When D. Wayne Lukas decided to move a string of horses to Saratoga Race Course in the early 1980s, his son and assistant, Jeff, was already in New York to scout out the scene.
He called his father and told him he had a choice of stalls on the backside of the main track or a spot at the Oklahoma training track.
“I said, ‘Where’s Mack Miller, the Phippses, Woody Stephens, Allen Jerkens …?’ ” Wayne Lukas said in his office at barn 83 on Wednesday morning. “He said they’re back on the Oklahoma, and I said that’s where we’re going.”
If you’re going to jump into Saratoga, it may as well be with both feet — or all four, as the case may be.
Over 30 years later, Lukas is still in the same barn, just one of many reflections of the enduring stature, history and appeal of thoroughbred racing in Saratoga as it celebrates its 150th anniversary.
The official anniversay will be Aug. 3, but the 145th meet will begin Friday with a 1 p.m. first post.
Christopher Kay, the new New York Racing Association CEO and president, said that NYRA is prepared for 90-degree temperatures and that he doesn’t expect to cancel opening day because of the heat. NYRA canceled a Wednesday card early in the 2006 meet, but similar conditions for opening day in 2011 did not lead to a cancellation.
Racing began on what is now the Oklahoma side of Union Avenue in 1863, then moved the following year to its current location on the other side of Union to what is now the main track, grandstand and clubhouse.
The meet promises to be a 61⁄2-week celebration of the sesquicentennial, perhaps in no better way than by offering what will be some of the best racing in the world, watched by tens of thousands of fans on a regular basis. Again.
“It’s great racing, the best racing in the world for 40 days,” trainer Kiaran McLaughlin said. “You have your Royal Ascot for five days, Dubai is great for one night … but here, for a whole meet, is just a fabulous place to come, and all eyes and ears are watching Saratoga. Everybody’s trying to win a race here, and it’s a special place.”
“Not many things last like that,” said trainer Todd Pletcher, who brings another battalion of top-caliber horses, including Belmont Stakes winner Palace Malice, who is pointing toward the Jim Dandy and Travers.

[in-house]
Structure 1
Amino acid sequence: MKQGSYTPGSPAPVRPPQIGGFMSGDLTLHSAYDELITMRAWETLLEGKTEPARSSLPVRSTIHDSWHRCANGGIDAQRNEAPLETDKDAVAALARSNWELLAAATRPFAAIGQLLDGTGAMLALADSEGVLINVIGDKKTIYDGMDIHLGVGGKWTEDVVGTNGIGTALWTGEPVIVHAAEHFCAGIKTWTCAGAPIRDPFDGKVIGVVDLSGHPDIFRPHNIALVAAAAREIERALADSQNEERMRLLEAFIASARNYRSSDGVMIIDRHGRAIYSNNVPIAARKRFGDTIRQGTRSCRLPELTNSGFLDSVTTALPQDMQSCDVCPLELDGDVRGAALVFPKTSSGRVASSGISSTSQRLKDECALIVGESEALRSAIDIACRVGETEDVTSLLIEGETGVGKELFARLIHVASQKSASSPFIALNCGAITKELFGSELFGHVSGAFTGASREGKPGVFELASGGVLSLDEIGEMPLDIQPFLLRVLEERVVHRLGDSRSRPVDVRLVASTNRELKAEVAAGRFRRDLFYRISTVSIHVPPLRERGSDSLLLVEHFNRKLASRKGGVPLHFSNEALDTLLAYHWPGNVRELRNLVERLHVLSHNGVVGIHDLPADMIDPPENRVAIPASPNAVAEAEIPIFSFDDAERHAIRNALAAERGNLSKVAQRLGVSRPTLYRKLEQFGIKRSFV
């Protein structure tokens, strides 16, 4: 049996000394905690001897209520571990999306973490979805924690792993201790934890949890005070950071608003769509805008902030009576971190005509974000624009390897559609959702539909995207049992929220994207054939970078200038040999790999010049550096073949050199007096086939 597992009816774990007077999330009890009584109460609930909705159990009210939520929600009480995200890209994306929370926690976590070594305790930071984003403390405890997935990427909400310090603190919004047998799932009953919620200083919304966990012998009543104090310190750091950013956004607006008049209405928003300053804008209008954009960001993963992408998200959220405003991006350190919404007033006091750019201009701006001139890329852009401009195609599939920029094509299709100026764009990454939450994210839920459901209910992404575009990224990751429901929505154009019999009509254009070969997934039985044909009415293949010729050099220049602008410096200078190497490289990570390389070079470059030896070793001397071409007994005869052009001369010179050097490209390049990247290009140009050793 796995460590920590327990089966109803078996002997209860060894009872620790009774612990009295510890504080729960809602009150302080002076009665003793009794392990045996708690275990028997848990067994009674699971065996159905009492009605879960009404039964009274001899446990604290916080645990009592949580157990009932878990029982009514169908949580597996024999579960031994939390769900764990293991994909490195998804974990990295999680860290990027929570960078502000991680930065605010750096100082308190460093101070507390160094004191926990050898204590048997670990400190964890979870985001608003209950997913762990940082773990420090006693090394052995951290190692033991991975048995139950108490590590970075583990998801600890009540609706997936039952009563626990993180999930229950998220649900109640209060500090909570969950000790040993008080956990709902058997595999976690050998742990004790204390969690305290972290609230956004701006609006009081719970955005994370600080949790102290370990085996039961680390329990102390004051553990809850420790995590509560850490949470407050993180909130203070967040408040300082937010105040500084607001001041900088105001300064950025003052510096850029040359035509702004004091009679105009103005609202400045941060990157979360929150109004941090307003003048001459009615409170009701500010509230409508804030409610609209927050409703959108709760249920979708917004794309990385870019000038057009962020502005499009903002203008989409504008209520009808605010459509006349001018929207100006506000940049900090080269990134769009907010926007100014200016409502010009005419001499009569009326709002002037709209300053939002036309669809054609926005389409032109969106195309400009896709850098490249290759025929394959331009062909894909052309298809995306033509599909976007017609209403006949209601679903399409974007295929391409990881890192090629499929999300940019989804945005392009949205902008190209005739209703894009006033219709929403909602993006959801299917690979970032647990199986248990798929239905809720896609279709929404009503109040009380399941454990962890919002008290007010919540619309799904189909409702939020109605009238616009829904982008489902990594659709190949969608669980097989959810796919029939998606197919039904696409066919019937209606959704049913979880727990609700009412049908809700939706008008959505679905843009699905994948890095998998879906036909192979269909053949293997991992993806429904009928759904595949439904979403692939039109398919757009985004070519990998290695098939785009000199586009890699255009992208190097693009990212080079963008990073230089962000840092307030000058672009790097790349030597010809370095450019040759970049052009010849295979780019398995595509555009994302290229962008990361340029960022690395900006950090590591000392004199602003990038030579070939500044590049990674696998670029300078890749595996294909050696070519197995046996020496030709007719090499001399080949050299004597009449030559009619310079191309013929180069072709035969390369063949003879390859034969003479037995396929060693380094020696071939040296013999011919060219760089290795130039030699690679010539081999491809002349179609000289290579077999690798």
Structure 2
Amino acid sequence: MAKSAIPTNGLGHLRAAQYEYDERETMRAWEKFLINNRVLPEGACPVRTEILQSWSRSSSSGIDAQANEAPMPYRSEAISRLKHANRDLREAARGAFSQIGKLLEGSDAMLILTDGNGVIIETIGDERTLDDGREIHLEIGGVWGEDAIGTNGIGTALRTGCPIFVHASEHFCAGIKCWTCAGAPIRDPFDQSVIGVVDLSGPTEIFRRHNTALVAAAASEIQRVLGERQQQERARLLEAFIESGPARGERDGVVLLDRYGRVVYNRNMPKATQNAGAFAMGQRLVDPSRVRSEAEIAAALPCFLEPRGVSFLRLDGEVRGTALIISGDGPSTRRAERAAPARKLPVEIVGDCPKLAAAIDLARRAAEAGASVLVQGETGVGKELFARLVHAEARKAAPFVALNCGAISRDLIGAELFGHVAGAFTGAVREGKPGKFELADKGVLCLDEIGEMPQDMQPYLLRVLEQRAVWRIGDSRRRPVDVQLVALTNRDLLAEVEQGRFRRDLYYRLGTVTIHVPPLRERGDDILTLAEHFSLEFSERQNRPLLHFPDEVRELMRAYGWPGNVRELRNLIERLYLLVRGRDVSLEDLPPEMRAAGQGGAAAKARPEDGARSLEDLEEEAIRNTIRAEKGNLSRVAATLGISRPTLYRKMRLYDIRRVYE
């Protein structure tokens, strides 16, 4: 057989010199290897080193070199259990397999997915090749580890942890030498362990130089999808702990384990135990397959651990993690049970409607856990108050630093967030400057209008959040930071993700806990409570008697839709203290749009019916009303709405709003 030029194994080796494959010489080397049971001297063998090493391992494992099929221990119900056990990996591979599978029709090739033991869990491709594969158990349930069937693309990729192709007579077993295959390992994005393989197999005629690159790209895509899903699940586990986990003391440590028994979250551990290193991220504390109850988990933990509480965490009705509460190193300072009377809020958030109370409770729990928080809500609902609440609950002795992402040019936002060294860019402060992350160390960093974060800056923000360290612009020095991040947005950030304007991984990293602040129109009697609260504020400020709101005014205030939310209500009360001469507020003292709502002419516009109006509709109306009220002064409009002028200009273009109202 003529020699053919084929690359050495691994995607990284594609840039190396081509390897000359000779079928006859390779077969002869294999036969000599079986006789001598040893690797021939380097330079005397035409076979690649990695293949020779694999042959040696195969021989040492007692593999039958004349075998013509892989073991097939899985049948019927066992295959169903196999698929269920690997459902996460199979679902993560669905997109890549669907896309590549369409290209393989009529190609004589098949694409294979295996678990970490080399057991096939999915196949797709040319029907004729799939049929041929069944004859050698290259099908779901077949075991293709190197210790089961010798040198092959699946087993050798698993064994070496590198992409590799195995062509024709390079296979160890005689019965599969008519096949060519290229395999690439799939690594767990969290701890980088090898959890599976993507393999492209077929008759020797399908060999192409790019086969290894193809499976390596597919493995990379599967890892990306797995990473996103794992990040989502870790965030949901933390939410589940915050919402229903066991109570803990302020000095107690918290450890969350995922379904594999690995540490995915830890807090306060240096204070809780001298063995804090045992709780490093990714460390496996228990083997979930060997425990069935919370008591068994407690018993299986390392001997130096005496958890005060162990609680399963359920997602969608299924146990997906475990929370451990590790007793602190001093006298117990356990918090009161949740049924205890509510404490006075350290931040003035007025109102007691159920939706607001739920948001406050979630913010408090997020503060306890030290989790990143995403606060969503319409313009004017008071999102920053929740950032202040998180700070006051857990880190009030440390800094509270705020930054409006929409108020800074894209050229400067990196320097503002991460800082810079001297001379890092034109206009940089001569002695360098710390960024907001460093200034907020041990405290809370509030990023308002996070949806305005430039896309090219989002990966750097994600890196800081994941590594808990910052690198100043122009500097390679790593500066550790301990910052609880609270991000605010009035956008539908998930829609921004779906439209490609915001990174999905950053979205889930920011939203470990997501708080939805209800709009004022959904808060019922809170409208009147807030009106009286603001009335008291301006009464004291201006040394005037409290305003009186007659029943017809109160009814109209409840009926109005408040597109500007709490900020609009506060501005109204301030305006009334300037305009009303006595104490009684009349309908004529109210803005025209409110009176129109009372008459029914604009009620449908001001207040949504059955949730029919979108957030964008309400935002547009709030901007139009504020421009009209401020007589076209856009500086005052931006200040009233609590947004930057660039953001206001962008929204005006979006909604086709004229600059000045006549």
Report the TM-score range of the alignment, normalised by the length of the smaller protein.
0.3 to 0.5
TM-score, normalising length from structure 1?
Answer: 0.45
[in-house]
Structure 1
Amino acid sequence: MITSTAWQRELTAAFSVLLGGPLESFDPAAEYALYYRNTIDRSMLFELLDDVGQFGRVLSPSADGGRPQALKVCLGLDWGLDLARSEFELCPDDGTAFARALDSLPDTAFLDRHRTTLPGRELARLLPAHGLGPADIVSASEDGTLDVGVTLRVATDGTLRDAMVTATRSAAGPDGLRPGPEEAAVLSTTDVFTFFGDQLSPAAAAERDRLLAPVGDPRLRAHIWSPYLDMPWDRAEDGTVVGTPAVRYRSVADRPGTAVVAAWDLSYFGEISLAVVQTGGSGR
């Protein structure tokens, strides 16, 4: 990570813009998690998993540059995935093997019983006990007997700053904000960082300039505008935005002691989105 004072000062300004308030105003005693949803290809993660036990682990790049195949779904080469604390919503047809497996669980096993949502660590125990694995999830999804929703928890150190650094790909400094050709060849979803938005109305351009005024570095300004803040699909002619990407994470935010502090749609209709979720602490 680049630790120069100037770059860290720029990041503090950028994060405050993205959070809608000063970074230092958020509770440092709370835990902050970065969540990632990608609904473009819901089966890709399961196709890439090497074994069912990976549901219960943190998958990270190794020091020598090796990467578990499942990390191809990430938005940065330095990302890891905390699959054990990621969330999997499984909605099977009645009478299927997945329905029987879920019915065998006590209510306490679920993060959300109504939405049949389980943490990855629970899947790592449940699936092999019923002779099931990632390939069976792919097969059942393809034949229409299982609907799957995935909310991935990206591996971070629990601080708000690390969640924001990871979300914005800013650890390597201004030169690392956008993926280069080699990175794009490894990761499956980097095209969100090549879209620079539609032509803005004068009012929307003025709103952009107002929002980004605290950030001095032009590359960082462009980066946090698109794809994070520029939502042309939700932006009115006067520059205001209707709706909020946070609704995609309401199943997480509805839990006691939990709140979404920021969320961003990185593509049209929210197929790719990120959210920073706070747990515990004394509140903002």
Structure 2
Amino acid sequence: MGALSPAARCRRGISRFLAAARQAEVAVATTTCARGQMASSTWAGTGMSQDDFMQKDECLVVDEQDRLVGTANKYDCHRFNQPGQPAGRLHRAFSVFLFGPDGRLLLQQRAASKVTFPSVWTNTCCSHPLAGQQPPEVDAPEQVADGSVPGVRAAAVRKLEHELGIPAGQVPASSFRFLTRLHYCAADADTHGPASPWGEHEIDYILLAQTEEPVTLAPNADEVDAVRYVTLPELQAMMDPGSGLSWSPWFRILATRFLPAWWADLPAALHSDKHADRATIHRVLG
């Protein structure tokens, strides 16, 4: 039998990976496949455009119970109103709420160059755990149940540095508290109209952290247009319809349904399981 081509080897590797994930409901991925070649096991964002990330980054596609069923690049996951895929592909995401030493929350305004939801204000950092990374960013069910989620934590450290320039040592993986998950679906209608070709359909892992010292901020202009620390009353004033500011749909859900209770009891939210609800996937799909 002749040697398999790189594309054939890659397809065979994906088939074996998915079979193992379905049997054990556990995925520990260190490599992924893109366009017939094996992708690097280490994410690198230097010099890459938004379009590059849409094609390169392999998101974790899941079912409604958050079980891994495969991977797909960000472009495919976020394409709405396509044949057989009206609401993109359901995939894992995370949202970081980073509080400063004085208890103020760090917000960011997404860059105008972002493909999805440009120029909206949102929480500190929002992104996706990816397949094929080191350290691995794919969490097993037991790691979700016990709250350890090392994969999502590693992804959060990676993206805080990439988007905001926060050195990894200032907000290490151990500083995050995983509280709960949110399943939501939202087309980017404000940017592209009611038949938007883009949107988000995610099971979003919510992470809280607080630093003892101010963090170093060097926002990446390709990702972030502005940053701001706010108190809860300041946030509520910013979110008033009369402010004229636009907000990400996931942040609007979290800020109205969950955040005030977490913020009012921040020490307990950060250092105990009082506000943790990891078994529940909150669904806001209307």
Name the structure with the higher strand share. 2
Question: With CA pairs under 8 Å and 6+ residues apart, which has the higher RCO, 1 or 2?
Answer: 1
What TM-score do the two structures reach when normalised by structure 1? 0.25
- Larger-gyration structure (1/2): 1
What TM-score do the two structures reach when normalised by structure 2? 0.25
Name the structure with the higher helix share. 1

“It speaks for the quality of the racing here, the enthusiasm of the owners and trainers and jockeys that participate here. It’s just a unique setting. It’s a small community sort of away from the metropolis environment that most racetracks are in.”
“You can’t kill it up here,” Lukas said. “This atmosphere, this community, the tradition, the racing … if something’s going to flourish, it’ll flourish at Saratoga.”
The centerpiece of the meet, as it has been in 143 previous years, will be the $1 million Travers Stakes on Aug. 24.
All three of the Triple Crown race winners are targeting that race, although only one, Palace Malice is on the grounds.
Kentucky Derby winner Orb has been training at Fair Hill in Maryland and likely will train up to the Travers, and Preakness winner Oxbow, trained by Lukas, is at Churchill Downs and won’t run in a Travers prep at Saratoga.
He’ll ship to Monmouth Park for the $1 million Haskell Invitational on July 28 before heading north to barn 83.
Saratoga will miss the services of 2012 leading rider Ramon Dominguez, who was forced to retire due to a head injury suffered in a spill at Aqueduct this winter. John Velazquez, inducted into the Hall of Fame last year, needs nine wins to pass Jerry Bailey as the all-time leading rider at Saratoga, and six more after that to be the first to hit 700.
Pletcher, a former assistant to Lukas, is loaded for a run at his fourth straight Allen Jerkens Trophy as the leading trainer, especially in the 2-year-old division. He’s tied with Hall of Famer Bill Mott for most Saratoga training titles (nine).
In large part, the juveniles carried Pletcher by accounting for 23 of his 36 victories, many of them first-time starters, many of them the cream of the crop, like Hopeful winner Shanghai Bobby. He went on to win an Eclipse Award and is back training at Saratoga after an injury, although Pletcher said he won’t start at the meet.
The three-part 2-year-old graded stakes series begins this weekend, with the Schuylerville for fillies on Saturday and the Sanford for colts on Sunday.
The stakes-studded weekend also includes the Grade I Coaching Club American Oaks for 3-year-old fillies on Saturday, and, naturally, Pletcher has two of the five entered, Kentucky Oaks winner Princess of Sylmar, owned by Schenectady native Ed Stanco, and Unlimited Budget, who was sixth in the Belmont.
“When you you go out on your own for the first time, it can be an intimidating place,” Pletcher said. “It’s a place where you need really, really good horses in order to win races. You look at it a little differently after awhile, but still, you still have an appreciation for how hard it is to win here and an appreciation
for the quality of racing and competition.”
The only one who made a serious run at Pletcher for the top spot last year was Mechanicville native Chad Brown, whose star continues to rise.
He had 29 winners last year to finish second to Pletcher for the second year in a row.
“When you’re scouting competition at this level, I’m playing at the top, he’s playing at the top and this other guy’s playing at the top … there’s a handful of guys, and I don’t know about them, but I’m watching them,” Brown said. “I don’t know if they’re watching me, but I’m always going to be watching what they’re doing, how they’re preparing their horses and how they’re placing them.
“Then if I need to make adjustments that I think are going to benefit my client, and primarily the horses, which in turn benefits the clients, I’m going to make those adjustments. That’s what I do.”